Content-Id: <2f3a859b-6cdb-4eba-8163-0365521f094c@example.jaxws.sun.com>
Content-Type: application/octet-stream
Content-Transfer-Encoding: binary

[BINARY ATTACHMENT]

--uuid:b0ef6adc-44fa-47ba-a7a7-95915eb54d9e--

						

Some of the points to note in the above wire format example are:

  • The binary attachment is packaged in a MIME multi-part message.

  • An <xop:Include> element is used to mark where the binary data is.

  • The actual binary data is kept in a different MIME part.

If binary data is sent as inlined, then the runtime has to encode the data to xs:base64Binary, which bloats the data by 33%, MTOM is efficient, in the sense that it doesn't have the 33% size increase penalty that xs:base64Binary has. It is interoperable, in the sense that it is a W3C standard. However, MIME multipart incurs a small cost proportional to the number of attachments, so it is not suitable for a large number of tiny attachments. One can control the behavior of the runtime by using the MTOM threshold provided by the JAX-WS RI, if an attachment is smaller than the size specified in threshold, it will simply inline the binary data as BASE64 binary instead of making it an attachment.

11.1.3.  Use MTOM in the deployment descriptors

You can enable MTOM on server by using the enable-mtom attribute in the sun-jaxws.xml configuration file. This allows the MTOM setting to be changed at deployment time:


<endpoints xmlns='http://java.sun.com/xml/ns/jax-ws/ri/runtime' version='2.0'>
  <endpoint name="Mtom" implementation="mtom.server.HelloImpl"
    url-pattern="/hello"
    enable-mtom="true"/>
</endpoints>

						

11.1.4.  Use MTOMFeature with javax.xml.ws.Endpoint API

javax.xml.ws.soap.MTOMFeature

The MTOMFeature is used to specify if MTOM should be used with a web service. This feature should be used instead of the javax.xml.ws.soap.SOAPBinding.SOAP11HTTP_MTOM_BINDING, javax.xml.ws.soap.SOAPBinding.SOAP12HTTP_MTOM_BINDING and the javax.xml.ws.soap.SOAPBinding.setMTOMEnabled(). This feature MUST be supported with the SOAP 1.1/HTTP or SOAP 1.2/HTTP bindings. Using this feature with any other bindings is undefined. This feature corresponds to the @MTOM annotation.

Enabling this feature on either the server or client will result the JAX-WS runtime using MTOM and for binary data being sent as an attachment.

The MTOMFeature has one property threshold, that can be configured to serve as a hint for which binary data SHOULD be sent as an attachment. The threshold is the size in bytes that binary data SHOULD be in order to be sent as an attachment. The threshold MUST not be negative. The default value is 0.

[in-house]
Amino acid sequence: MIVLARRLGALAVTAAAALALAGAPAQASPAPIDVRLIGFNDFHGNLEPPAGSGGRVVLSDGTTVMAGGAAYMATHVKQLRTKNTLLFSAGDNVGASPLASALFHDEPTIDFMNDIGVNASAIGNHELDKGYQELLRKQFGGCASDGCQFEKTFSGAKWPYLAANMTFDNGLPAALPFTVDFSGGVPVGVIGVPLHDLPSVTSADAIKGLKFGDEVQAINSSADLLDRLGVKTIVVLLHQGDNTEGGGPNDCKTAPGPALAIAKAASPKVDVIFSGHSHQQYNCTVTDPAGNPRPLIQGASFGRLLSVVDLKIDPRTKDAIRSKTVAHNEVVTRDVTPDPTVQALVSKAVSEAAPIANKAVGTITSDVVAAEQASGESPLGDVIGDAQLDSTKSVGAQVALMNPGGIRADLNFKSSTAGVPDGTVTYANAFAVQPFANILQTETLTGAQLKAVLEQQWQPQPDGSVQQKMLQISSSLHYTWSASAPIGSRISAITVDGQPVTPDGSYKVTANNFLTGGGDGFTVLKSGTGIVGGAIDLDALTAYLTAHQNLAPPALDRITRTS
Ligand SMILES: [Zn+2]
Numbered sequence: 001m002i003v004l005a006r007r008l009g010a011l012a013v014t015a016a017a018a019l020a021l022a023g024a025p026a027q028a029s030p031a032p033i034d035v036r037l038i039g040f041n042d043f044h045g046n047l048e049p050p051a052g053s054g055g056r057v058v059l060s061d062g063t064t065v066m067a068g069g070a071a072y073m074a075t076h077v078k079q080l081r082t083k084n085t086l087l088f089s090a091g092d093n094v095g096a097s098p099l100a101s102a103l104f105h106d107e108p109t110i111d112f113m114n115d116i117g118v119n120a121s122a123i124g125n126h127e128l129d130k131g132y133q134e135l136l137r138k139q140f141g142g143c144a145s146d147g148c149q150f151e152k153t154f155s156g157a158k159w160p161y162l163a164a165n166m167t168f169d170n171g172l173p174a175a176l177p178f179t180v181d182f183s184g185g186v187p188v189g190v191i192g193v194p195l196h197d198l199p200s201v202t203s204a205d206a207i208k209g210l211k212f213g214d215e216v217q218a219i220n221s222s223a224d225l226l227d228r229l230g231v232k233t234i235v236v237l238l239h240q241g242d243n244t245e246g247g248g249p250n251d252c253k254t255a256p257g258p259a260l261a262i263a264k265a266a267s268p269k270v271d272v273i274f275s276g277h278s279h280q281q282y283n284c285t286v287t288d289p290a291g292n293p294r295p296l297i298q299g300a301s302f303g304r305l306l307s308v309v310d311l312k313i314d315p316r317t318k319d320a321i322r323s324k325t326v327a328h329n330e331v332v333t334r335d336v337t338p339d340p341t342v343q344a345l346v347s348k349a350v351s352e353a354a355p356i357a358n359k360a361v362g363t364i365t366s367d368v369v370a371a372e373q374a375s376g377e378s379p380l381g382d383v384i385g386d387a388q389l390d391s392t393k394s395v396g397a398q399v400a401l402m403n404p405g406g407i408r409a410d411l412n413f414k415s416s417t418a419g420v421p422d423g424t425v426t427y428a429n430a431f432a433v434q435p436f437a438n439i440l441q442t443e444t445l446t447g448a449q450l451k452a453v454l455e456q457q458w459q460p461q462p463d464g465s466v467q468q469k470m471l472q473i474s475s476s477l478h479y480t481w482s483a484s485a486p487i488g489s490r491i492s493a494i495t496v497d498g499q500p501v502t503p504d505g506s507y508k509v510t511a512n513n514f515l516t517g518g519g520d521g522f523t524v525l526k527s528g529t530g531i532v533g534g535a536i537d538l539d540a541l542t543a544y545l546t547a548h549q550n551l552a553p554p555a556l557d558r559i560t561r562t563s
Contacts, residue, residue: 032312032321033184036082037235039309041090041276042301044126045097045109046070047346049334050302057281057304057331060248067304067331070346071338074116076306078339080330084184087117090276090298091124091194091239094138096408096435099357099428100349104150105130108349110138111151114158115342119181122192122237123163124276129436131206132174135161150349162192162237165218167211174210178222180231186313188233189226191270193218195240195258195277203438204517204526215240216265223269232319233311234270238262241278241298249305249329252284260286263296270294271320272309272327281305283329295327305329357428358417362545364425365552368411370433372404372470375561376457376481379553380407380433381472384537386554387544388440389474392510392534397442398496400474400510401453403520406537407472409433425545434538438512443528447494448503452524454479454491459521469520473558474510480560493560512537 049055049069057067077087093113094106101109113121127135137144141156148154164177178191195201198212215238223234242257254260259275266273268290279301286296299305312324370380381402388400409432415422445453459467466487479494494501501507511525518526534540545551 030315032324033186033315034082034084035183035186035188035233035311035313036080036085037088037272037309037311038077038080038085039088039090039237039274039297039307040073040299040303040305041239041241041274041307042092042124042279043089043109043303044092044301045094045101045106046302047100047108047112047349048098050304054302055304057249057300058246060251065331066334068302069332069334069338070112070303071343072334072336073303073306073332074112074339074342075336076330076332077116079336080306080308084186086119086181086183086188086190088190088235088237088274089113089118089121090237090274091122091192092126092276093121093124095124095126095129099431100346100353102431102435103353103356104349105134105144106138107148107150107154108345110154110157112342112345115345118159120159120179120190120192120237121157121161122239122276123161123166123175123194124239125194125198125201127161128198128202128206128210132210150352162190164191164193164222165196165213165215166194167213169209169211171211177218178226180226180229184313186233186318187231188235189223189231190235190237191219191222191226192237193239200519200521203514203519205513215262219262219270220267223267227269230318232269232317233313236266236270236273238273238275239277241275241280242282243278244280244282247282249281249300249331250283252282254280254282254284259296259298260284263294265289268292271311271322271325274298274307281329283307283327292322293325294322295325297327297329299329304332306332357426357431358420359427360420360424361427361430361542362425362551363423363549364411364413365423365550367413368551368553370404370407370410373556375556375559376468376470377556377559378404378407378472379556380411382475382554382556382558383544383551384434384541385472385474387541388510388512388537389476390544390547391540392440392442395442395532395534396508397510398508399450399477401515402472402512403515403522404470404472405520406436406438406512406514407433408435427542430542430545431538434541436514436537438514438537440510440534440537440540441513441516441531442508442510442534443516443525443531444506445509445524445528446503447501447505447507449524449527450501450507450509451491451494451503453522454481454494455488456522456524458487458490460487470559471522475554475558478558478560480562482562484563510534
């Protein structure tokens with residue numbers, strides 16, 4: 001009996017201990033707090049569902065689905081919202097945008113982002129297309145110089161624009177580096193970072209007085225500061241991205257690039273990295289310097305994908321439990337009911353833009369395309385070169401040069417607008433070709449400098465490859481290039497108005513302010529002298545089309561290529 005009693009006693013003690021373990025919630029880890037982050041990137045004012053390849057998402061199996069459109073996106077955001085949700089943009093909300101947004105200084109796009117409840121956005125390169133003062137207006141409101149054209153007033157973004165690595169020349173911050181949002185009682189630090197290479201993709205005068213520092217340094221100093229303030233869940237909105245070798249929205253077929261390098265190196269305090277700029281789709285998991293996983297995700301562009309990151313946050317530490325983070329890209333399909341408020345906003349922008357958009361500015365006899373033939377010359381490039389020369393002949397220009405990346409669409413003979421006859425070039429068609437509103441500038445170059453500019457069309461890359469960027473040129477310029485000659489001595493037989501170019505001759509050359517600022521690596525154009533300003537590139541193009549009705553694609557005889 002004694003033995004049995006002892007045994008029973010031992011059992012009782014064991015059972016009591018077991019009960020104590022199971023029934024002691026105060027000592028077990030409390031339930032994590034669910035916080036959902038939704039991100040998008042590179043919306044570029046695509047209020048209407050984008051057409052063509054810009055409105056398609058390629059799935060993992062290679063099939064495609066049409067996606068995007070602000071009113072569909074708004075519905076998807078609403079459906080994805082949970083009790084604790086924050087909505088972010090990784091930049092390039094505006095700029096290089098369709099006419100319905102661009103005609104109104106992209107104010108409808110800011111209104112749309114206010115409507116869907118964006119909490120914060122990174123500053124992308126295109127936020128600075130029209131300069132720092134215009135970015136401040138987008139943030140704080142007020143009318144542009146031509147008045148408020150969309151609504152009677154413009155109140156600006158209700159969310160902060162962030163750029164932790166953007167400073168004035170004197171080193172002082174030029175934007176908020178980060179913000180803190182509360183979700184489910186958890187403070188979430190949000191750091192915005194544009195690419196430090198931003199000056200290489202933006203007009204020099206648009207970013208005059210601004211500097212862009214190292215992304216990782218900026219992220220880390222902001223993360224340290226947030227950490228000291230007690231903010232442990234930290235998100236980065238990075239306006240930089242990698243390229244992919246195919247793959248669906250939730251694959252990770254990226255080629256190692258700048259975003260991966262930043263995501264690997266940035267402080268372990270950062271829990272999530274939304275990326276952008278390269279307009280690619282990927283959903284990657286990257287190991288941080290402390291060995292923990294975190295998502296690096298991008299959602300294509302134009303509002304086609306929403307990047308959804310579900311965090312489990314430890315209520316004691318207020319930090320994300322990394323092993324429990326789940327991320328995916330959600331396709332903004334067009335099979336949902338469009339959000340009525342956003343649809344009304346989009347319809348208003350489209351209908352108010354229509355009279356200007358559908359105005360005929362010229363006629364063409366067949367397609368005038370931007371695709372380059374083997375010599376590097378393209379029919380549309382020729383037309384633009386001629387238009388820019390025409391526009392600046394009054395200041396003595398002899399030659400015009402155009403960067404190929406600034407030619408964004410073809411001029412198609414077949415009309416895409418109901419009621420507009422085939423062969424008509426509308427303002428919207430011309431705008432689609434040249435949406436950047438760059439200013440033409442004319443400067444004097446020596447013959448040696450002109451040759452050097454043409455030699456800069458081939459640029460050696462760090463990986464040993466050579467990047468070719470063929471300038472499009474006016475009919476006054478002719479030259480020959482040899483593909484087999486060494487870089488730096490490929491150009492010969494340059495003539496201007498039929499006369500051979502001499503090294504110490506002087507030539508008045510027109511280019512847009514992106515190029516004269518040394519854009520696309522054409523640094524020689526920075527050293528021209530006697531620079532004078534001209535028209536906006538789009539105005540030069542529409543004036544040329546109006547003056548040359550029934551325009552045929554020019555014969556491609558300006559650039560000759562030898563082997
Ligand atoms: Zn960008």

11.1.5.  Use swaRef in WSDL.

WS-I Attachment Profile 1.0 defines mechanism to reference MIME attachment parts using swaRef. In this mechanism the content of XML element of type wsi:swaRef is sent as MIME attachment and the element inside SOAP Body holds the reference to this attachment in the CID URI scheme as defined by RFC 2111.

JAXB 2.0 defines mapping of wsi:swaRef schema type to javax.activation.DataHandler. An application will construct the DataHandler with the data and the appropriate MIME type and JAX-WS will coordinate with JAXB and SAAJ to send it as attachment MIME part.

An XML element of type wsi:swaRef is mapped to a DataHandler and is sent as attachment over the wire. For example:


<element name="claimForm" type="wsi:swaRef" xmlns:wsi="http://ws-i.org/profiles/basic/1.1/xsd"/>

						

will be sent over the wire as :


Content-Type: Multipart/Related; start-info="text/xml"; type="application/xop+xml"; boundary="------=_Part_5_32550604.1118953563502"
Content-Length: 1193
SOAPAction: ""
------=_Part_5_32550604.1118953563502
Content-Type: application/xop+xml; type="text/xml"; charset=utf-8

<soapenv:Envelope xmlns:soapenv="http://schemas.xmlsoap.org/soap/envelope/">
    <soapenv:Body>
        <claimForm xmlns="http://example.org/mtom/data">cid:b0a597fd-5ef7-4f0c-9d85-6666239f1d25@example.jaxws.sun.com</claimForm>
    </soapenv:Body>
</soapenv:Envelope>

------=_Part_5_32550604.1118953563502
Content-Type: application/xml
Content-ID: <b0a597fd-5ef7-4f0c-9d85-6666239f1d25@example.jaxws.sun.com>

<?xml version="1.0" encoding="UTF-8"?>
[ATTACHMENT CONTENT]
------=_Part_5_32550604.1118953563502

						

11.1.6.  Use MIME binding in WSDL